Before that grievance was heard (and knowing they would lose the arbitration) the Hawks scrambled and signed Ben Eager, Troy Brouwer, Colin Fraser, Corey Crawford and Aaron Johnson to contracts above what they would have gotten as RFA. They then signed Cam Barker for 3yrs x $9.25M. On Wed they signed Versteeg’s to a 3yrs x $9.25M as well (in what was viewed as the most significant overpayment at the time). The did all this so that those players would not be declared unrestricted free agents by a yet to be assigned arbitrator and those players lost for nothing.

      Overall, the Hawks had probably paid slightly more (maybe $1-2M more) than what it would have taken for the group as RFA’s (if the paperwork had been properly filed), but this was a huge mistake despite Dale Tallon’s quote at the time was “We’re in good shape and we’re legal,” he said “We’re under the cap.”

      So onto the regular season where the Hawks were aware of even larger contract issues going forward (they shuffled players back-and-forth to and from the AHL just to save thousand dollar cap hits): How to sign their big three players coming off EL contracts (Kane, Toews, and Keith). After negotiating an multi-year extension with Keith (one that drew heavy NHL league office scrutiny because they wanted such “cap-cheating” contracts out of the game (Chris Pronger and Marian Hossa’s recent contracts expired well after normal retirement age to get their cap hits down to more reasonable numbers)–the Hawks had 2 more young superstars to sign: Kane and Towes.

      Their negotiations in Dec included an issue with the CBA tagging rule (can’t commit more salary to next year’s team than what the cap is currently set at for the then current ’09-10 season) the Hawks now knew they would have to move someone by the deadline to be tagging rule compliant. They wanted to move Brian Campbell and Cristobal Huet but found no takers. They then were forced to move Cam Baker to be tag complaint.

      As you have pointed out the Hawks won the cup and those EL contracts hit their performance bonus inflators. Meaning those unqualified RFA contracts that cost more than they should have did ended up hurting them.

      In addition to that RFA issue: while Huet was sent to the AHL to dump as much salary as possible. But Campbell didn’t have to report due to a NMC (no movement clause at that time which later became a limited no trade clause) in his contract which would have left his salary on the books at the NHL level.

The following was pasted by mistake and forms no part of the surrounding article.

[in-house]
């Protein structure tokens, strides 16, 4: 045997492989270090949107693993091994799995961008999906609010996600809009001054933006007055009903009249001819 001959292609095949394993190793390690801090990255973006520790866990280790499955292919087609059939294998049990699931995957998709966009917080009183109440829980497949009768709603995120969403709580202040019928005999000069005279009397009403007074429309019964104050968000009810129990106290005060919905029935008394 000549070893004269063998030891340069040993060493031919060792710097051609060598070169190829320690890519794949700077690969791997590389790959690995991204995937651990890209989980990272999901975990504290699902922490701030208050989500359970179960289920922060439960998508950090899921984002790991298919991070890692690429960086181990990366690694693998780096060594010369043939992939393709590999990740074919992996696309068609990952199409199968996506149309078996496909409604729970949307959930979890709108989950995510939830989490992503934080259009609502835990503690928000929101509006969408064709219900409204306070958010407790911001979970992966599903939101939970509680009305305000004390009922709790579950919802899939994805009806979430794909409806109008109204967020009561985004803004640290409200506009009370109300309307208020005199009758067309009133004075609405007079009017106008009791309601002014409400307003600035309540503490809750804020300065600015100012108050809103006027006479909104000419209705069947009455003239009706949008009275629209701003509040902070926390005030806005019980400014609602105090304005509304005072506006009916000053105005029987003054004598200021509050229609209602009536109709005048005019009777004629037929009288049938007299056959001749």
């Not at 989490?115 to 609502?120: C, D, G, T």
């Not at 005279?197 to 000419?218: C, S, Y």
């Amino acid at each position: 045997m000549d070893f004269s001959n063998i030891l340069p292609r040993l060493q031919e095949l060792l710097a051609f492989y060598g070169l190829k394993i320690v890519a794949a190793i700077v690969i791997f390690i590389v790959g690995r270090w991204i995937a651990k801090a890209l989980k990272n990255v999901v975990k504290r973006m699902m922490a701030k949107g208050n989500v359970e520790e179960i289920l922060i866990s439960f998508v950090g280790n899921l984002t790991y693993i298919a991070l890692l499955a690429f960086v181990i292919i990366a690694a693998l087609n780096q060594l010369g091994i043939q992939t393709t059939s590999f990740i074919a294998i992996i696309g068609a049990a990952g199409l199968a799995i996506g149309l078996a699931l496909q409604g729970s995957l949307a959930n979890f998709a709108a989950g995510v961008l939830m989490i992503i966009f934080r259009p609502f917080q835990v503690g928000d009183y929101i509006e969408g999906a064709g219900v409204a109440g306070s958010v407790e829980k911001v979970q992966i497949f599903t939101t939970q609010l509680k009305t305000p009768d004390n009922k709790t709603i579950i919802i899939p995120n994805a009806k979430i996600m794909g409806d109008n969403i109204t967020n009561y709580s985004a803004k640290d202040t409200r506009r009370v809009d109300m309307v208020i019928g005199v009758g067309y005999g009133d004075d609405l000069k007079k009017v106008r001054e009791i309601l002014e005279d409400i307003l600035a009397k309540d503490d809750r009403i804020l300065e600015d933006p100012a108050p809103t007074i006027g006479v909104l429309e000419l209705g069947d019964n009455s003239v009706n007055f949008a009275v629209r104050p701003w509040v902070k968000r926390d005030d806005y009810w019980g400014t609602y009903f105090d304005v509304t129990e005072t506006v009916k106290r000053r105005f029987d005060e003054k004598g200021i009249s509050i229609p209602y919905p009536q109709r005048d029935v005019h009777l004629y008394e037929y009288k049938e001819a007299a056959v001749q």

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      • SharkCircle 12:45 am on May 2, 2012 Permalink | Reply

        Fantastic comment DCA and thank you for taking the time to write it. I was aware of RFA-gate in Chicago, although I had never heard the detailed version such as you just gave. My view of that as it pertains to the blog was that, bad as it was, the Blackhawks were still able to win the Cup, and they still had all those players under contract at good cap hits in terms of league-wide value, and thus they were tradable. Meaning., for example, Kris Versteeg at 3M per season obviously was bad for the Blackhawks once they ran out of cap room, and they would have preferred him at 2M per season or whatever it may be, but even at 3M per season he was still a good deal and very tradable.

        The same goes for Byfuglien, etc.

        So while RFA-gate is a big reason why Stan Bowman was not able to simply keep more of these players on the roster under the cap, RFA-gate does not explain why, once he decided (or was forced) to trade these players, he did not get a significantly better return.

        And that’s what the blog focuses on. I guess I take the stance that, whatever Tallon’s mistakes and the problems with the Blackhawks before Bowman got there, they were still in a pretty damn good position. RFA-gate definitely hurt the cap situation, but they were still in a good place. It was not until Bowman came along that everything really went South.

        I did not mean to ignore RFA-gate entirely–I thought I’d mentioned it but apparently I didn’t, but the blog focuses more on the personnel decisions that were made after the Hawks won the Cup. I allude to it when I say that I understand Bowman was not in an ideal cap situation, and he had no choice but to trade some players (in other words, the position wasn’t his fault (unless he had something to do with RFA-gate), RFA-gate contributed), however I mention he still should have done so much better.

        Thanks again for the comment! If you enjoyed the blog I invite you to subscribe to Shark Circle to receive email notifications of when blogs are posted. You can do this by entering your email in the subscribe box in the top-right corner of the screen and clicking the subscribe button.

        I also invite you to follow me on twitter, and also if you wouldn’t mind, you seem like a very knowledgeable hockey connoisseur and I’d like to follow you regardless.

        SC

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  • SharkCircle 12:45 am on April 7, 2012 Permalink | Reply
    Tags: , San Jose Sharks news, Sharks playoff analysis, , , SJ Sharks news, St Louis Blues playoff analysis,   

    Sizing Up The San Jose Sharks Potential Playoff Opponents: St Louis Blues 

    You can Follow Me on Twitter @SHARKCIRCLE

    With the Dallas Stars and Colorado Avalanche losing last night, the San Jose Sharks clinched a berth in the 2011-2012 Stanley Cup Playoffs. The only question that remains now us whether the Sharks will win their division and clinch home-ice advantage in the first round, and who they will play.

    There are four possibilities at this point: the Vancouver Canucks, St Louis Blues, Detroit Red Wings, and Chicago Blackhawks. Let’s take a look at what each of these match-ups could mean for the Sharks.

    ST LOUIS BLUES

    If the Canucks are the most complete team in the Western Conference when at their best, then the Blues are a close-second, if not tied with Vancouver. CONTINUE READING FULL POST